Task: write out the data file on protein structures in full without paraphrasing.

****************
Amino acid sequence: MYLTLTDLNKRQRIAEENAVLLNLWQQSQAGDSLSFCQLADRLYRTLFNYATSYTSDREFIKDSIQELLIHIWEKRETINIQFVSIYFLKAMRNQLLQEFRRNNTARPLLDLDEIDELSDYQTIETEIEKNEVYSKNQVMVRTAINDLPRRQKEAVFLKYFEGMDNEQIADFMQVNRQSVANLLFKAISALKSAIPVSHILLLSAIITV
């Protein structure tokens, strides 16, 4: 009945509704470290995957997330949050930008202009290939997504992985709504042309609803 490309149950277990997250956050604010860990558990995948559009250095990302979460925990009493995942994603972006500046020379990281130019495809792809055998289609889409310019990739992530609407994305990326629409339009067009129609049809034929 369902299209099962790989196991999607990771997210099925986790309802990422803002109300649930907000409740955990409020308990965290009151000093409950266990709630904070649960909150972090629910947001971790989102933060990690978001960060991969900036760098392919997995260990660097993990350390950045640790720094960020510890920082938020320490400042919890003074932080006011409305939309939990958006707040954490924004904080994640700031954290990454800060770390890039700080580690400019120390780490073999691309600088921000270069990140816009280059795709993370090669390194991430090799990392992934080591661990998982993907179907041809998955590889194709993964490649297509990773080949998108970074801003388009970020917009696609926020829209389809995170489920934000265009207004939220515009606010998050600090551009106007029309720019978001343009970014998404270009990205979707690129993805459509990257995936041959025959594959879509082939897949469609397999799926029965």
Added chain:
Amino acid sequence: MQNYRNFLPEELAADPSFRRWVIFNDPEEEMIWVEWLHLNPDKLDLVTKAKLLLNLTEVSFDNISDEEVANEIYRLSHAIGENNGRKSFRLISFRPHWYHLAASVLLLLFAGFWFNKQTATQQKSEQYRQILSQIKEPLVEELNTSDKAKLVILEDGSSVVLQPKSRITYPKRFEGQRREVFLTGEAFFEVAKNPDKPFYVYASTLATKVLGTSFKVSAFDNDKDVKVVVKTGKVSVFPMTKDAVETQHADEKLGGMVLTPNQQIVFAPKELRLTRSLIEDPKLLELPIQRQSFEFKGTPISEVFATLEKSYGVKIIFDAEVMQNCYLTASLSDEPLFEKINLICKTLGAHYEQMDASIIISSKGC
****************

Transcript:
Amino acid sequence: MYLTLTDLNKRQRIAEENAVLLNLWQQSQAGDSLSFCQLADRLYRTLFNYATSYTSDREFIKDSIQELLIHIWEKRETINIQFVSIYFLKAMRNQLLQEFRRNNTARPLLDLDEIDELSDYQTIETEIEKNEVYSKNQVMVRTAINDLPRRQKEAVFLKYFEGMDNEQIADFMQVNRQSVANLLFKAISALKSAIPVSHILLLSAIITV
């Protein structure tokens, strides 16, 4: 009945509704470290995957997330949050930008202009290939997504992985709504042309609803 490309149950277990997250956050604010860990558990995948559009250095990302979460925990009493995942994603972006500046020379990281130019495809792809055998289609889409310019990739992530609407994305990326629409339009067009129609049809034929 369902299209099962790989196991999607990771997210099925986790309802990422803002109300649930907000409740955990409020308990965290009151000093409950266990709630904070649960909150972090629910947001971790989102933060990690978001960060991969900036760098392919997995260990660097993990350390950045640790720094960020510890920082938020320490400042919890003074932080006011409305939309939990958006707040954490924004904080994640700031954290990454800060770390890039700080580690400019120390780490073999691309600088921000270069990140816009280059795709993370090669390194991430090799990392992934080591661990998982993907179907041809998955590889194709993964490649297509990773080949998108970074801003388009970020917009696609926020829209389809995170489920934000265009207004939220515009606010998050600090551009106007029309720019978001343009970014998404270009990205979707690129993805459509990257995936041959025959594959879509082939897949469609397999799926029965």
Added chain:
Amino acid sequence: MQNYRNFLPEELAADPSFRRWVIFNDPEEEMIWVEWLHLNPDKLDLVTKAKLLLNLTEVSFDNISDEEVANEIYRLSHAIGENNGRKSFRLISFRPHWYHLAASVLLLLFAGFWFNKQTATQQKSEQYRQILSQIKEPLVEELNTSDKAKLVILEDGSSVVLQPKSRITYPKRFEGQRREVFLTGEAFFEVAKNPDKPFYVYASTLATKVLGTSFKVSAFDNDKDVKVVVKTGKVSVFPMTKDAVETQHADEKLGGMVLTPNQQIVFAPKELRLTRSLIEDPKLLELPIQRQSFEFKGTPISEVFATLEKSYGVKIIFDAEVMQNCYLTASLSDEPLFEKINLICKTLGAHYEQMDASIIISSKGC